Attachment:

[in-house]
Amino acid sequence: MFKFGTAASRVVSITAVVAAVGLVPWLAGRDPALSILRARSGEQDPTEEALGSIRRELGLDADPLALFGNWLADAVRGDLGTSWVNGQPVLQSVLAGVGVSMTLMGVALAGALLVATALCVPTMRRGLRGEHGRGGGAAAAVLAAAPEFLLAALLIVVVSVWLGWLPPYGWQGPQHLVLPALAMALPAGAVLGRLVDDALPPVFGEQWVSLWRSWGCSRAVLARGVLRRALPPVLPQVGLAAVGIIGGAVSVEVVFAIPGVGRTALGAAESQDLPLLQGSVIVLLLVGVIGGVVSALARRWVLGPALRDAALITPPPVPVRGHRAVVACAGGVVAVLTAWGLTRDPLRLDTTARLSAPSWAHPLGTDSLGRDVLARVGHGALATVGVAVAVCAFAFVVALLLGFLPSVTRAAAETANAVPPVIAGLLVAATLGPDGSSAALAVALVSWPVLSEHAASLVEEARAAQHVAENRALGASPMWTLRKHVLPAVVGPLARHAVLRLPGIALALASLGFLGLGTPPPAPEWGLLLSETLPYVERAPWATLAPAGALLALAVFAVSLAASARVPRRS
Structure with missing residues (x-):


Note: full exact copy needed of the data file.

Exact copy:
[in-house]
Amino acid sequence: MFKFGTAASRVVSITAVVAAVGLVPWLAGRDPALSILRARSGEQDPTEEALGSIRRELGLDADPLALFGNWLADAVRGDLGTSWVNGQPVLQSVLAGVGVSMTLMGVALAGALLVATALCVPTMRRGLRGEHGRGGGAAAAVLAAAPEFLLAALLIVVVSVWLGWLPPYGWQGPQHLVLPALAMALPAGAVLGRLVDDALPPVFGEQWVSLWRSWGCSRAVLARGVLRRALPPVLPQVGLAAVGIIGGAVSVEVVFAIPGVGRTALGAAESQDLPLLQGSVIVLLLVGVIGGVVSALARRWVLGPALRDAALITPPPVPVRGHRAVVACAGGVVAVLTAWGLTRDPLRLDTTARLSAPSWAHPLGTDSLGRDVLARVGHGALATVGVAVAVCAFAFVVALLLGFLPSVTRAAAETANAVPPVIAGLLVAATLGPDGSSAALAVALVSWPVLSEHAASLVEEARAAQHVAENRALGASPMWTLRKHVLPAVVGPLARHAVLRLPGIALALASLGFLGLGTPPPAPEWGLLLSETLPYVERAPWATLAPAGALLALAVFAVSLAASARVPRRS
Structure with missing residues (x-):